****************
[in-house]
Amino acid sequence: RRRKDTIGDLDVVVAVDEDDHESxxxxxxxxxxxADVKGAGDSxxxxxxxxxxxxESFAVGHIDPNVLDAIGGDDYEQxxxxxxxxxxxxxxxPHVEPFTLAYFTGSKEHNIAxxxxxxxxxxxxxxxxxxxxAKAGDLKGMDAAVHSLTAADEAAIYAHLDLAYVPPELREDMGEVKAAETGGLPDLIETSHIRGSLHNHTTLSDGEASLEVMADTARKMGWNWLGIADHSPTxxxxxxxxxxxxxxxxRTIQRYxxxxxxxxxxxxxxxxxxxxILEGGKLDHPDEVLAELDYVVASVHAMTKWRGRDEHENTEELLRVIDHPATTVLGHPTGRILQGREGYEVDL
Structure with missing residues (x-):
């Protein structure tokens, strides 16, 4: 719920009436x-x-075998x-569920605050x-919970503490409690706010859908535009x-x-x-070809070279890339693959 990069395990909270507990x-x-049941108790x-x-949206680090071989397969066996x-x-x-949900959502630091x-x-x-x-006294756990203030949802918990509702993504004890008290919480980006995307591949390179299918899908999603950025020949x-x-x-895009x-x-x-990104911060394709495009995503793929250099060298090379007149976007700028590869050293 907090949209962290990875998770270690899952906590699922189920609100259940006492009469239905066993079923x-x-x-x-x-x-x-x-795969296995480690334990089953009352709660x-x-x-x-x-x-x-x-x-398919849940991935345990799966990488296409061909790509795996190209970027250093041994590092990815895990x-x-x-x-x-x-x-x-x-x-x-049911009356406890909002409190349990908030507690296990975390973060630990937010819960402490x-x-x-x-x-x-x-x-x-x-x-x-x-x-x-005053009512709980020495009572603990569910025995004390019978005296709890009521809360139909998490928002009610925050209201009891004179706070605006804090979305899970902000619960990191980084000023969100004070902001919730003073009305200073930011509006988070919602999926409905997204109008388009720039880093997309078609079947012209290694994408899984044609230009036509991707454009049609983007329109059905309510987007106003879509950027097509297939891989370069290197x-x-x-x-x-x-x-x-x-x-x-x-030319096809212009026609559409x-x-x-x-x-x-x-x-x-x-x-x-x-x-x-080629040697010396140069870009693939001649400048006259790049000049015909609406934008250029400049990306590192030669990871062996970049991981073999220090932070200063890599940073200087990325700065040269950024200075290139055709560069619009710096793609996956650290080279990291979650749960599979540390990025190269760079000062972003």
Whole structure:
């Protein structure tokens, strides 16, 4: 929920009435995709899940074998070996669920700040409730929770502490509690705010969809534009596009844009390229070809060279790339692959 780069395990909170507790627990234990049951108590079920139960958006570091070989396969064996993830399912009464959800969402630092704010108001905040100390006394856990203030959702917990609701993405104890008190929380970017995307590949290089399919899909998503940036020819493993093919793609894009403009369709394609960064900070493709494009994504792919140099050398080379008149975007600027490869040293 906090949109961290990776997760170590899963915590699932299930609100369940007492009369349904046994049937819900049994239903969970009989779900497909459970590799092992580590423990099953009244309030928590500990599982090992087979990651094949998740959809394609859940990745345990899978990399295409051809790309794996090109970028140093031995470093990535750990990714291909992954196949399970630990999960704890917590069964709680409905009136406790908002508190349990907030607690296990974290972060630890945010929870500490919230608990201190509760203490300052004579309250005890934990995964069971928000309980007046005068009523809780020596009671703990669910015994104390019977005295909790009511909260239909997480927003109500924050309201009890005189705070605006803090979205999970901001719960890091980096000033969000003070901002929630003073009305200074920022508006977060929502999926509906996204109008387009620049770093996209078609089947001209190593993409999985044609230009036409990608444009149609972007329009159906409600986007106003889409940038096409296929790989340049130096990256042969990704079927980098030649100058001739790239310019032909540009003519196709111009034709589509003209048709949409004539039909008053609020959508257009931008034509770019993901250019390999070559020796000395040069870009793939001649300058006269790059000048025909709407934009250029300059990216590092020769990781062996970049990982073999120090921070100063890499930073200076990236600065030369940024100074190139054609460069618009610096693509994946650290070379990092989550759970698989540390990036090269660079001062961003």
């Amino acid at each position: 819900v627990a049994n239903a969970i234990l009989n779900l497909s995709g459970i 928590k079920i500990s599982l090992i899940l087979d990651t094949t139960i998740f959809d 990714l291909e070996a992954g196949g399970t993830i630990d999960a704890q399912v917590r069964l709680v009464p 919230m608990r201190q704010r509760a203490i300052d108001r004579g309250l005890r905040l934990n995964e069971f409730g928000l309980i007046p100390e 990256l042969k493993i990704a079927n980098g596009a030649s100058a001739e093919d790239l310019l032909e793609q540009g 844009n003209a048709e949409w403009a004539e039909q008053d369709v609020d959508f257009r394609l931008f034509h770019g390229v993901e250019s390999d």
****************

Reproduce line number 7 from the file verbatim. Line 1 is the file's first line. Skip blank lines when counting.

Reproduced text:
């Amino acid at each position: 819900v627990a049994n239903a969970i234990l009989n779900l497909s995709g459970i 928590k079920i500990s599982l090992i899940l087979d990651t094949t139960i998740f959809d 990714l291909e070996a992954g196949g399970t993830i630990d999960a704890q399912v917590r069964l709680v009464p 919230m608990r201190q704010r509760a203490i300052d108001r004579g309250l005890r905040l934990n995964e069971f409730g928000l309980i007046p100390e 990256l042969k493993i990704a079927n980098g596009a030649s100058a001739e093919d790239l310019l032909e793609q540009g 844009n003209a048709e949409w403009a004539e039909q008053d369709v609020d959508f257009r394609l931008f034509h770019g390229v993901e250019s390999d």